When I was writing my first book on Final Cut Pro a few years ago, I developed a nine-step editing workflow that answered the question: “What should I be doing right now?” However, over the years, I’ve learned more and Apple has released new software, so this nine-step process has become a bit outdated. Today I want to revisit and update it. Especially for editors that are new, or just getting back into the industry, my hope is that in following these steps, you’ll have a better way to keep track of what you should be doing “right now.”
The issue of converting to ProRes is addressed along with a walk-through of the pros and cons of the different version.
As you know, most versions of Final Cut Pro are tied to work best with certain versions of QuickTime. However, as time passes, it gets harder and harder to remember all the different permutations. Here’s a quick link to a website that has the answers.
With the release of Final Cut Pro 7, we got a new export menu option – Send. In this article, I take a first look at the differences between Share, Send, and Export; and explain which one to use.
With FCP 5’s support for HDV, you need to change the size of images you import. Here are new scan numbers you should use.
Apple changed the algorythms FCP uses for scaling and rotation for FCP 5. This explains what the changes are, how to use them and how to convert to the new settings.
Preference settings have changed in FCP 5. This article shows you how to optimize your setting to get the most from your editing system.
JPEGs are highly compressed, which means they often show blockiness or other image artifacts. However, they tend to have smaller file sizes. TIFFs are uncompressed with great image quality. However, their file sizes tend to be lots bigger. All things being equal, I recommend using TIFFs.
Final Cut is not, generally, used for live recording. However, in this article, discover how one reader uses it for live recording and simultaneous playback.
Here is a ten-step, tested technique to convert DVCProHD sequences into HDV. This would a good way to archive HD sequences if you don’t have a DVCProHD sequence to tape.
Without a doubt, the question I get asked the most is “what should I buy?” This article explains all the different gear you may need for your editing sytem along with links to companies and products to consider. This isn’t a commercial, rather it’s a tutorial on what you need to know to make some good investments.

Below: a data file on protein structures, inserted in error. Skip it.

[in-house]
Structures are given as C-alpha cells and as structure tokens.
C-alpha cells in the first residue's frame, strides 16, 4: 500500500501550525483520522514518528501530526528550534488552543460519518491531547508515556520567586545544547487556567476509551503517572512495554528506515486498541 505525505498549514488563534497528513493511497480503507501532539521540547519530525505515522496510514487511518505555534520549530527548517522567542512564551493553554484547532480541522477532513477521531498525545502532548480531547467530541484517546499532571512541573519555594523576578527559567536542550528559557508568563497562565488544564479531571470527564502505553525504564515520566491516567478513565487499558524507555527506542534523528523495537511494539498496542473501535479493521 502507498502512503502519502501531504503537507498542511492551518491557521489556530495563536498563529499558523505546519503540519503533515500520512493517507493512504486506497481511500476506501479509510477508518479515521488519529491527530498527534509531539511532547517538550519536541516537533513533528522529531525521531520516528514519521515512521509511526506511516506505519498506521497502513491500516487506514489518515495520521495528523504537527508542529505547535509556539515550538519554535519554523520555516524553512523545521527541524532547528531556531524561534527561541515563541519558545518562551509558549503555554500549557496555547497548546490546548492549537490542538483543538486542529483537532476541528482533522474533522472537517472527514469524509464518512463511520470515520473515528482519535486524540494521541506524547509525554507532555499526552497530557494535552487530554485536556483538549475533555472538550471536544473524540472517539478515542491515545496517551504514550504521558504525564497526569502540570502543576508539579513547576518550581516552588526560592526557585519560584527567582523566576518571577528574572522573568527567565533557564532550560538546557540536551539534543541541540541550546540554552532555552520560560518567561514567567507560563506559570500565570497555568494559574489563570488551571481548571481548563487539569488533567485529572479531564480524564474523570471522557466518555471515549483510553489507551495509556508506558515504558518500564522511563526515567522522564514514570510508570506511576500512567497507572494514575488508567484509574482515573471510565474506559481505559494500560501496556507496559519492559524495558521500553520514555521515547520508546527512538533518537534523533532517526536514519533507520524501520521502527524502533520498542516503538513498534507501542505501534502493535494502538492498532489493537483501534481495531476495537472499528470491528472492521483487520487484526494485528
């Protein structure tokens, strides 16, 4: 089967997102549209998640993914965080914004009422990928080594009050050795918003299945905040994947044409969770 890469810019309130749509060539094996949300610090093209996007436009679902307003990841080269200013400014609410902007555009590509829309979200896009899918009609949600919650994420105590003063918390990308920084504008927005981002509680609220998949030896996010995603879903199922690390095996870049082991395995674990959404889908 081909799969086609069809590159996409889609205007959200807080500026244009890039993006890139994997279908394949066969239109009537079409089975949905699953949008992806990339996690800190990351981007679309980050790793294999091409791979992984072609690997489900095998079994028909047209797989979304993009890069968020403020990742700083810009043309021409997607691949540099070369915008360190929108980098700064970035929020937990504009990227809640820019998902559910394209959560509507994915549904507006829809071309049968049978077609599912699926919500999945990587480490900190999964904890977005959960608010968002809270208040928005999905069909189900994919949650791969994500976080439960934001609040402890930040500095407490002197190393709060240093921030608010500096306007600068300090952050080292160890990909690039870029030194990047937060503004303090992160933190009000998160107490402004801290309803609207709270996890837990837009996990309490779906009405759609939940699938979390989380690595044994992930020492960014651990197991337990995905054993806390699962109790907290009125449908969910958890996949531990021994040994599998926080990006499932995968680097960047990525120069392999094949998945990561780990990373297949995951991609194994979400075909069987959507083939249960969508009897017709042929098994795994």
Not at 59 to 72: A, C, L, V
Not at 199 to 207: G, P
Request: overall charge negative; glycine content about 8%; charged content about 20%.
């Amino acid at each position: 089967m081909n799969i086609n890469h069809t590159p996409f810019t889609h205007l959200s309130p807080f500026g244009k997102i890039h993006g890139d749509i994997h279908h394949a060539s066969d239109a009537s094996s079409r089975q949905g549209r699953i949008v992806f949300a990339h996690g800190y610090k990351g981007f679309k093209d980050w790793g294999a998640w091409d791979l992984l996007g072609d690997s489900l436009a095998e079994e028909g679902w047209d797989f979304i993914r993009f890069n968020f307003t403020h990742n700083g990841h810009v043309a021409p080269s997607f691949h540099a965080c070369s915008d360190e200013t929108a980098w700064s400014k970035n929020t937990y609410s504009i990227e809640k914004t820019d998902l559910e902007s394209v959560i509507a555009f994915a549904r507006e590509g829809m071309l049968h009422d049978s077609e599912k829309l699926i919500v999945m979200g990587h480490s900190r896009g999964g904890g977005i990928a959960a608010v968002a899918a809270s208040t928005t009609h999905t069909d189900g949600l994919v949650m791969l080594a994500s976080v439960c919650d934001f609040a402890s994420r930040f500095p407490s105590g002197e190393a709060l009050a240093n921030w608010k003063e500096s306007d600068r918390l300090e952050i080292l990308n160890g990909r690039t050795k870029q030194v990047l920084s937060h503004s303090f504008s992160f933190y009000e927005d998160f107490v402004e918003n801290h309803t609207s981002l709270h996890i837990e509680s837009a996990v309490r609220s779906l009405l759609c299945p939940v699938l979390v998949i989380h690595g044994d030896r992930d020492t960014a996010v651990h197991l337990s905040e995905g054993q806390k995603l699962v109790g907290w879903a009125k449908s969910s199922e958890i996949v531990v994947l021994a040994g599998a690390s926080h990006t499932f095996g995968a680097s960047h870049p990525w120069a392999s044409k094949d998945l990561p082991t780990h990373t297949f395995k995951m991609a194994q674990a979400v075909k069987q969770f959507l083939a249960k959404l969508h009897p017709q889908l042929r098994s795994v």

What do you do when your client requests a video that’s almost 13,000 pixels wide? (Well, after panicking a bit first…) Steve Sebban took on this task for a museum. Since then, I’ve heard from other editors who need, or use, this technique for the chasing lights around the edges of stadiums. Fortunately, Final Cut Pro makes this easy… if you ignore render times.
Having problems capturing 24 fps video from the DVX camera? This article tells you what you need to know.
Creating a single layer DVD is relatively easy. But a dual-layer DVD requires that we pay attention to where the switch occurs between the two layers — called the Dual-Layer Break Point. This article explains what it is, how to find it, and what you need to know to successfully create a dual-layer DVD.
NTSC video, unlike PAL and HD, has two different timecode systems — drop-frame and non-drop-frame. This article describes what they are and when you need to worry about them.
In this technique, I want to show you how to use clip distortion to create an interesting opening title sequence. Distortion, also called “corner pinning,” allows us to change the shape of the frame from a rectangle to a parallelogram, then modify it using keyframes so it changes over time.
The default video transition in Final Cut Pro is a 30 frame cross-dissolve. This article shows you how to change it.
Final Cut’s text tools are pretty limited in the design department. But here is a simple way to make your closing credits look much more interesting without a lot of work.
What do you do when you have locked yourself out of your own computer? Well, besides screaming and yelling… This short article shows you the backdoor you can use to get access to a computer you are locked out of.